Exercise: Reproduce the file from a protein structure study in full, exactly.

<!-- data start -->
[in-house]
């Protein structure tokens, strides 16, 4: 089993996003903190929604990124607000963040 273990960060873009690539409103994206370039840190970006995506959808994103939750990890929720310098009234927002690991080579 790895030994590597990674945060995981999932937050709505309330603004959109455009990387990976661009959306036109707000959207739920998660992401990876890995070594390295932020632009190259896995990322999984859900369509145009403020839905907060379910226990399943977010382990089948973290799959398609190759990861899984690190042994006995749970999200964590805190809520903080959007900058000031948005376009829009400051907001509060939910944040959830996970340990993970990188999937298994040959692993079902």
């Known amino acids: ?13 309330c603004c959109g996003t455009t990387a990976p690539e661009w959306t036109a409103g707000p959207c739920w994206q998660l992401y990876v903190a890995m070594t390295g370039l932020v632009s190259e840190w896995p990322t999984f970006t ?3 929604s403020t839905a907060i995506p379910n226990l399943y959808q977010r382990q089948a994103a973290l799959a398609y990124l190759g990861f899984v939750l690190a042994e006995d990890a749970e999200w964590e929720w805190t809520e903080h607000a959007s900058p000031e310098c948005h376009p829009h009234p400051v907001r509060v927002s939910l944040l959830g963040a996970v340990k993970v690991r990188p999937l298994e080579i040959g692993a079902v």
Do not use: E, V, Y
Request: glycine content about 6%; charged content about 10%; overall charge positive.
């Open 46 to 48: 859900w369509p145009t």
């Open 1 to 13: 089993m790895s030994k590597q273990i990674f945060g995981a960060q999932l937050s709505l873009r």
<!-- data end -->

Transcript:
[in-house]
């Protein structure tokens, strides 16, 4: 089993996003903190929604990124607000963040 273990960060873009690539409103994206370039840190970006995506959808994103939750990890929720310098009234927002690991080579 790895030994590597990674945060995981999932937050709505309330603004959109455009990387990976661009959306036109707000959207739920998660992401990876890995070594390295932020632009190259896995990322999984859900369509145009403020839905907060379910226990399943977010382990089948973290799959398609190759990861899984690190042994006995749970999200964590805190809520903080959007900058000031948005376009829009400051907001509060939910944040959830996970340990993970990188999937298994040959692993079902």
């Known amino acids: ?13 309330c603004c959109g996003t455009t990387a990976p690539e661009w959306t036109a409103g707000p959207c739920w994206q998660l992401y990876v903190a890995m070594t390295g370039l932020v632009s190259e840190w896995p990322t999984f970006t ?3 929604s403020t839905a907060i995506p379910n226990l399943y959808q977010r382990q089948a994103a973290l799959a398609y990124l190759g990861f899984v939750l690190a042994e006995d990890a749970e999200w964590e929720w805190t809520e903080h607000a959007s900058p000031e310098c948005h376009p829009h009234p400051v907001r509060v927002s939910l944040l959830g963040a996970v340990k993970v690991r990188p999937l298994e080579i040959g692993a079902v």
Do not use: E, V, Y
Request: glycine content about 6%; charged content about 10%; overall charge positive.
């Open 46 to 48: 859900w369509p145009t």
């Open 1 to 13: 089993m790895s030994k590597q273990i990674f945060g995981a960060q999932l937050s709505l873009r």